I hear you! I have always been the first one up getting things ready for the day-to-day last to bed cleaning up + readying up for the next. Oh and if something's needed in the night I get up. But I have found that if you keep watch for them moments of rest will appear. The rainy morning perfect for a nap, the mundane chore you can autopilot and let your brain rest. True maybe you need to look at your priorities + cut out a few things but maybe you can't this is a hardworking lifestyle that doesn't always fit into a day planner if you know what I mean. Carla Emery said something to the affect of life is a struggle as least your struggling for something worthwhile. Now go take a nap!:)

Jo Hilton said...

I am the spouse of someone who works a lot... And says yes quite often... I think a shift happened with him this summer too... Recognizing the need to slow down and create balance... And nurture relationships that had almost (truly) gone south past repair. I am so relieved that this "awakening" happened. And I do understand there is no "wrapped up with a bow on it"... It's a process... And the best thing i know is "taking one day at a time". Good luck with your process... I'm happy you are "awakened" too. :)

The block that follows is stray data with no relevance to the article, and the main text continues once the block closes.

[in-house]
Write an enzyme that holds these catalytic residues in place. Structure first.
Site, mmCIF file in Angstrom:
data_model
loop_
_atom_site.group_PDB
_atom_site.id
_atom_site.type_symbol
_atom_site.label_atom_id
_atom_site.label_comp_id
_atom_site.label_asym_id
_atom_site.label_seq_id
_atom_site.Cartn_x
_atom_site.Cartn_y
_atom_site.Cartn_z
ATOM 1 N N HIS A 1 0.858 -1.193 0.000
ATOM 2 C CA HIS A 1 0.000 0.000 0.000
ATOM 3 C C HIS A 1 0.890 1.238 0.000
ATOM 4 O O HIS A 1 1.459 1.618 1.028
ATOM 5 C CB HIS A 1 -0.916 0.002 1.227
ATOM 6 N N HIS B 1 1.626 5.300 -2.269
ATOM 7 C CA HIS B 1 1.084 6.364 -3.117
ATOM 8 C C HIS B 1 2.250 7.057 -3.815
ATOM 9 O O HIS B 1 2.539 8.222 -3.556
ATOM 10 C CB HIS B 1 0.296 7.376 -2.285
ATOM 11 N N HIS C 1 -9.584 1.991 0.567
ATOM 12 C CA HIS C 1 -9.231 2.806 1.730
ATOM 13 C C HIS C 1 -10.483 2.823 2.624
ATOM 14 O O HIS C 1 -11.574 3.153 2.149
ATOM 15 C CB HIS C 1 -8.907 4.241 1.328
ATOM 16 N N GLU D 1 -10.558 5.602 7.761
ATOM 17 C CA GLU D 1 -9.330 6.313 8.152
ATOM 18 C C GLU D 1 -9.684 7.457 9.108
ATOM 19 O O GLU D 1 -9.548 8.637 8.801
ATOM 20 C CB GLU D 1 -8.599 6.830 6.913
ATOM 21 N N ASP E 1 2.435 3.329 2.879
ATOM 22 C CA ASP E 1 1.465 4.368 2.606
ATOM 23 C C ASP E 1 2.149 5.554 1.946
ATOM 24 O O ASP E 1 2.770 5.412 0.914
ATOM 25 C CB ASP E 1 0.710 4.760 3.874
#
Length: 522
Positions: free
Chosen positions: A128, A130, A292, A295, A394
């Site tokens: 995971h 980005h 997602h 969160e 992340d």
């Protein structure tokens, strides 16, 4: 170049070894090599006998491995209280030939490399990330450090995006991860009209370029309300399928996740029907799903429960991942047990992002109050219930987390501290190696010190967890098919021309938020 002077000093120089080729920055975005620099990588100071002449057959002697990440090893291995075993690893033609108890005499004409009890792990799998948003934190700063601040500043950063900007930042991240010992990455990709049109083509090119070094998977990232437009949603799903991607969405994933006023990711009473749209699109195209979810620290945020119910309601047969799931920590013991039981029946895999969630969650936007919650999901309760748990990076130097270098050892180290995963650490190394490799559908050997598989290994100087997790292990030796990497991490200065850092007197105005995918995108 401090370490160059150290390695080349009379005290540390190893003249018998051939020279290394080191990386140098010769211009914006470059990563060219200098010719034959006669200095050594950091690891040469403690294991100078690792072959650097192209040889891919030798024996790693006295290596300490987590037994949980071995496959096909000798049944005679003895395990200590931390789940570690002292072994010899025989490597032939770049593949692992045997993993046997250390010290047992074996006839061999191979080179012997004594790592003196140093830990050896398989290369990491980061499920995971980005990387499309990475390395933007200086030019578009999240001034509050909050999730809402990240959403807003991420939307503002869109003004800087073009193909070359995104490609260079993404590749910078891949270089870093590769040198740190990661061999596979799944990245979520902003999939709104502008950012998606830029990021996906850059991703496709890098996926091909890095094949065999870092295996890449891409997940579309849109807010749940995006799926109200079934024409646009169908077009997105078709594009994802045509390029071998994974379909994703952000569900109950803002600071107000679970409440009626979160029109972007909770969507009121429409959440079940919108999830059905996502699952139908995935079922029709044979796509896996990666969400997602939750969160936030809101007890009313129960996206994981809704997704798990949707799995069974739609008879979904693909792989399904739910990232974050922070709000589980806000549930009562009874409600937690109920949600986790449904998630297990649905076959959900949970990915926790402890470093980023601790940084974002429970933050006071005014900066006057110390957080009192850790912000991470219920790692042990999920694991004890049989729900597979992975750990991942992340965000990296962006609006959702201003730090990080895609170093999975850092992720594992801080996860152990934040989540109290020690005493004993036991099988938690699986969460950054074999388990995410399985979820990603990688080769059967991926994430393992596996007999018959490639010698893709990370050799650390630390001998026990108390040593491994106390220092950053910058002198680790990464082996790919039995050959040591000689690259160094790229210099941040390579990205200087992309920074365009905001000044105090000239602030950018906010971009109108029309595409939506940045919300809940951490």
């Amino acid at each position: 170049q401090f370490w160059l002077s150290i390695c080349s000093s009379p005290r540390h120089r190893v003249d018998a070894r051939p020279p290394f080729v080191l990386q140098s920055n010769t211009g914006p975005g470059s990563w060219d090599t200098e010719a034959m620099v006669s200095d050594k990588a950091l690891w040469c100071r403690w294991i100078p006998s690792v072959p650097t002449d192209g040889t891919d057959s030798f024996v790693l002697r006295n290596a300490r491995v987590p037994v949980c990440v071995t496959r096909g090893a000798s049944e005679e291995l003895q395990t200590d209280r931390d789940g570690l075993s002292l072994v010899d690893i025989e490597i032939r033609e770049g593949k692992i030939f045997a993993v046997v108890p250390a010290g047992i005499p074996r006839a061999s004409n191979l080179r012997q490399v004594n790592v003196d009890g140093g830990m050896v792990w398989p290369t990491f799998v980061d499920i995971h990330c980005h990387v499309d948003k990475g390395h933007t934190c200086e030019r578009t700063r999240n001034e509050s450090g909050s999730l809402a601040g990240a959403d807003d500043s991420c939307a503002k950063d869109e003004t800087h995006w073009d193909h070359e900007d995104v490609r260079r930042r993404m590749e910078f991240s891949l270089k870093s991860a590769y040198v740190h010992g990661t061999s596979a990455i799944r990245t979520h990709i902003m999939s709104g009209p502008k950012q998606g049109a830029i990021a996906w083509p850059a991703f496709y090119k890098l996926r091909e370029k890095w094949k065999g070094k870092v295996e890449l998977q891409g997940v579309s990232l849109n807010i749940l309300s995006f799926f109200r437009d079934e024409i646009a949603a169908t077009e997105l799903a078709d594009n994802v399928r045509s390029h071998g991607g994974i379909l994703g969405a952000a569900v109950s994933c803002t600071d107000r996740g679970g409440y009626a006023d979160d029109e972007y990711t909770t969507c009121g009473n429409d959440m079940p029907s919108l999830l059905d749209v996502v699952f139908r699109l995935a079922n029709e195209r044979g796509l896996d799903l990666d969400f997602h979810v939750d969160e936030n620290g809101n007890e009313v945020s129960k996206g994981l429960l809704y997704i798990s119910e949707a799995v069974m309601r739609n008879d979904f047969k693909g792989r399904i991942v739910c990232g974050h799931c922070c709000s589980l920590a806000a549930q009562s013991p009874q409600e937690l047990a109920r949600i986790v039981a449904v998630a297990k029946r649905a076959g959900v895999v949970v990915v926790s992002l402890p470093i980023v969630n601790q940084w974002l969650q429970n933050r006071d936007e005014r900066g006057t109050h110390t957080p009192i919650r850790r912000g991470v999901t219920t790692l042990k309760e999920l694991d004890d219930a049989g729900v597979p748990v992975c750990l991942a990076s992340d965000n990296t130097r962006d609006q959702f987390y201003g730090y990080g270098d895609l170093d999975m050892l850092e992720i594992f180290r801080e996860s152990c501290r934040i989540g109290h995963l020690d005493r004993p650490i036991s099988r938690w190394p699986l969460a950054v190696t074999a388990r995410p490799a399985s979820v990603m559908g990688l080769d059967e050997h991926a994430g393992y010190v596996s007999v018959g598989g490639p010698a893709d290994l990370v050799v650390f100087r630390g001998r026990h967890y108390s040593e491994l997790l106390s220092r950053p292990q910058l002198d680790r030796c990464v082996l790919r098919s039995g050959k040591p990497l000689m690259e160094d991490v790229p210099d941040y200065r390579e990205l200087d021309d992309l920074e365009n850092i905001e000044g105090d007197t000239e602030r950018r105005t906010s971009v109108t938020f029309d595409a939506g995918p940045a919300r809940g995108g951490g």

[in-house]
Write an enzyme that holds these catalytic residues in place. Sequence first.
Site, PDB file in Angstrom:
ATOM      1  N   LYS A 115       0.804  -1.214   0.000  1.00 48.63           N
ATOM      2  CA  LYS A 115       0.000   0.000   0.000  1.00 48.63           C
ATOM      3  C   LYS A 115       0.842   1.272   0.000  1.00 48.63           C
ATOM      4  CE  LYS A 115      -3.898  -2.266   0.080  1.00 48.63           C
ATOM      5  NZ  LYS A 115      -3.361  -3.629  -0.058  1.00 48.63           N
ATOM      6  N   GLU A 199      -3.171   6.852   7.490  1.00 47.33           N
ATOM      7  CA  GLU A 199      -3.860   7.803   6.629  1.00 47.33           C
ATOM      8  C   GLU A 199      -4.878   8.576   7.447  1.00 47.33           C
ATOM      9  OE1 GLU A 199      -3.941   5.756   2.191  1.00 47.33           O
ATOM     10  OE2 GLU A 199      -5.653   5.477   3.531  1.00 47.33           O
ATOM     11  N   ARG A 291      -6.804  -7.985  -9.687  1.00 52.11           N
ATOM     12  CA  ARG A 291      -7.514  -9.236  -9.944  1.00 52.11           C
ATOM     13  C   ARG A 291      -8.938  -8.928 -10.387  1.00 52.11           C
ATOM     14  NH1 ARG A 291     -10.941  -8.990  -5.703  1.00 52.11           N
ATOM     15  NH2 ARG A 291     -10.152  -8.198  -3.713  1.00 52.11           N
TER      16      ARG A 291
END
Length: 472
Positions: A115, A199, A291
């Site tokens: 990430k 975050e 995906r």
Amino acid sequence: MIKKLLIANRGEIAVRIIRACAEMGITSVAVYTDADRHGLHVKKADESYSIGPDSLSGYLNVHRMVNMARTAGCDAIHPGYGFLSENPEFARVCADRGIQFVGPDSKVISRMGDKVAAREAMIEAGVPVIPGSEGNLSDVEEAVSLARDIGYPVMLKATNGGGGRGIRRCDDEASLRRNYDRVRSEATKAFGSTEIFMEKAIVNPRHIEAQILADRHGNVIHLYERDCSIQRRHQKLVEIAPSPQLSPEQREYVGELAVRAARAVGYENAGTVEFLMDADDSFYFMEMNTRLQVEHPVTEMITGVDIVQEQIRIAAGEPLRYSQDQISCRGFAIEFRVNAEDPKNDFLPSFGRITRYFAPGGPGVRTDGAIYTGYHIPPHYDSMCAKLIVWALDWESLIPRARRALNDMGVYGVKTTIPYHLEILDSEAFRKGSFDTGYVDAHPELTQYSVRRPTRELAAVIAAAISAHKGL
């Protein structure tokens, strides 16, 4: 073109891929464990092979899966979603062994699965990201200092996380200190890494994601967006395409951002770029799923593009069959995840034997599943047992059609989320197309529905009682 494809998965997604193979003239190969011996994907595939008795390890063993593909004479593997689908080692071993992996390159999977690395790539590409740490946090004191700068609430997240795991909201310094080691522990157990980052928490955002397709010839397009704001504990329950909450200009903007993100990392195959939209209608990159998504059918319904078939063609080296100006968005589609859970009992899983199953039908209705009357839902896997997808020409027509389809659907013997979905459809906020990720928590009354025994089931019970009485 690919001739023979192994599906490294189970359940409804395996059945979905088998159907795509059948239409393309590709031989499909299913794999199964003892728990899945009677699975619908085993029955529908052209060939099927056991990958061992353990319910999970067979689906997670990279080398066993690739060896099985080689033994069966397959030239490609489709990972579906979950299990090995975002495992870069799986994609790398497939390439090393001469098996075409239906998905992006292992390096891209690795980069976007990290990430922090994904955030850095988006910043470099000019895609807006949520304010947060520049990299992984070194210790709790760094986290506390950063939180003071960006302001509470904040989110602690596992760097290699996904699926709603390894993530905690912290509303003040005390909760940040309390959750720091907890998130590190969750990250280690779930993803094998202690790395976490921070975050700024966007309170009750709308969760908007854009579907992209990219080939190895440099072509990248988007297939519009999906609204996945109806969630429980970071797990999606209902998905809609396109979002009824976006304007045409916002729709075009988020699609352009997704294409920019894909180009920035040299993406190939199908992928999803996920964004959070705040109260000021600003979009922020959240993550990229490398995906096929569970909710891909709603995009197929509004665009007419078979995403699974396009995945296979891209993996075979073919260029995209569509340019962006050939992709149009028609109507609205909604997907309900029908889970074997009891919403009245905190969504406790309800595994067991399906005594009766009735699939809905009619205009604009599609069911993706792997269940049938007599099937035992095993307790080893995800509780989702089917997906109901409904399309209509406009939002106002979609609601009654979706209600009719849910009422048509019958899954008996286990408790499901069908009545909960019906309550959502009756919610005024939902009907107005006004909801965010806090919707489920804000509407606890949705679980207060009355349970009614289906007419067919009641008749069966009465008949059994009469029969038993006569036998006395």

BF POV Blog said...

Taking a moment to reflect on what's best for you, finding the voice of either yes or no. Feeling into each decision...

Heidi Joe said...

If you're doing a lot of your work from home, you might consider fostering a "commute time" to set yourself up for the day. I work outside the home and my drive to work is my little time to relax, listen to music or talk shows, and gear myself up for a productive day. For those that work inside the home, you open your eyes in the morning and boom, you're already at work! Maybe try "commuting" to work by first going for a walk outside,sitting on the porch and reading/knitting or doing another activity as a warm up for the day.

Marina💗 said...

Good morning Natalie💗 I love your posts and your sweet honesty. This year, through much reflection, I had an AHA moment... and when I read your post I just had to share...
When we start something new in our life, we will naturally go to an extreme. It seems to be part of the process. Like a pendulum that will finally settle in the middle and find it's balance, we will too.